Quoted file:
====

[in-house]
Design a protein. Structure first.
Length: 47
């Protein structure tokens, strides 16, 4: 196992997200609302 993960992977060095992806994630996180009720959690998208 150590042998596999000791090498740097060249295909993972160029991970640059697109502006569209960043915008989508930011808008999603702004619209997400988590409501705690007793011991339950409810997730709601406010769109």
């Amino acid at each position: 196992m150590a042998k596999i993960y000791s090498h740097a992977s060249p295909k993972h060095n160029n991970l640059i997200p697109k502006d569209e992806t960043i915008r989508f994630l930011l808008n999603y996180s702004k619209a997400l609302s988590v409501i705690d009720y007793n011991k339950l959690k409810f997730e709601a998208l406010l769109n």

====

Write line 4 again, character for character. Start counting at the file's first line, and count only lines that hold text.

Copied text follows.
């Protein structure tokens, strides 16, 4: 196992997200609302 993960992977060095992806994630996180009720959690998208 150590042998596999000791090498740097060249295909993972160029991970640059697109502006569209960043915008989508930011808008999603702004619209997400988590409501705690007793011991339950409810997730709601406010769109």